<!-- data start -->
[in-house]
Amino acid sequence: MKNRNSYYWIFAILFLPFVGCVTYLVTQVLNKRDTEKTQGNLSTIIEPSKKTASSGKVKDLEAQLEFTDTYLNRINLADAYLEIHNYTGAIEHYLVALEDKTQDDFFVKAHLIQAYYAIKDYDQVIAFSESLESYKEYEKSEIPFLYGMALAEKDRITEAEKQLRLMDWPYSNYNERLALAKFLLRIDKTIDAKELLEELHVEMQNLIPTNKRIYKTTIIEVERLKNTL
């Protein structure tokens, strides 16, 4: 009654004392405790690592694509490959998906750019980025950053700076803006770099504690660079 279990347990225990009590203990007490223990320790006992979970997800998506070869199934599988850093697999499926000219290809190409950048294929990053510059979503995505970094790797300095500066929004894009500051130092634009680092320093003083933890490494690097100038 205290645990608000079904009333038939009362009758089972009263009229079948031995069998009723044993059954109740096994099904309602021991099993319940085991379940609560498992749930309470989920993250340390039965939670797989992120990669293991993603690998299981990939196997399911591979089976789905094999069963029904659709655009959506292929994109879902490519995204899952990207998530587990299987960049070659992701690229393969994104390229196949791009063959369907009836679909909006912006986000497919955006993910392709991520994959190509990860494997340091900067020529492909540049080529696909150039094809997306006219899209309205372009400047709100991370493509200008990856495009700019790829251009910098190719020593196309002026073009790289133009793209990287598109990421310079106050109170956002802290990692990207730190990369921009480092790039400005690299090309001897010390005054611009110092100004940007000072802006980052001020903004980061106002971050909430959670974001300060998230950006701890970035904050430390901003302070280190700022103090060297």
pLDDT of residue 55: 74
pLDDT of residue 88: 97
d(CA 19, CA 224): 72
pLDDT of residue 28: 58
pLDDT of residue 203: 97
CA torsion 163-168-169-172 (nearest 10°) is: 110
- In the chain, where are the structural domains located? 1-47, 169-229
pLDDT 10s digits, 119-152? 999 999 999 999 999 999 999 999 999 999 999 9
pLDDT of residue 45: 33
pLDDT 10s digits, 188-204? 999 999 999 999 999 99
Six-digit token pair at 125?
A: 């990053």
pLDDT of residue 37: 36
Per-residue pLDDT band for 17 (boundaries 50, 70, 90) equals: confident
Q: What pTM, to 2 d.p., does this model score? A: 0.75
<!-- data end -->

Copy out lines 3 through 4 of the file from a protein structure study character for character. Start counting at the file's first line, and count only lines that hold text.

């Protein structure tokens, strides 16, 4: 009654004392405790690592694509490959998906750019980025950053700076803006770099504690660079 279990347990225990009590203990007490223990320790006992979970997800998506070869199934599988850093697999499926000219290809190409950048294929990053510059979503995505970094790797300095500066929004894009500051130092634009680092320093003083933890490494690097100038 205290645990608000079904009333038939009362009758089972009263009229079948031995069998009723044993059954109740096994099904309602021991099993319940085991379940609560498992749930309470989920993250340390039965939670797989992120990669293991993603690998299981990939196997399911591979089976789905094999069963029904659709655009959506292929994109879902490519995204899952990207998530587990299987960049070659992701690229393969994104390229196949791009063959369907009836679909909006912006986000497919955006993910392709991520994959190509990860494997340091900067020529492909540049080529696909150039094809997306006219899209309205372009400047709100991370493509200008990856495009700019790829251009910098190719020593196309002026073009790289133009793209990287598109990421310079106050109170956002802290990692990207730190990369921009480092790039400005690299090309001897010390005054611009110092100004940007000072802006980052001020903004980061106002971050909430959670974001300060998230950006701890970035904050430390901003302070280190700022103090060297």
pLDDT of residue 55: 74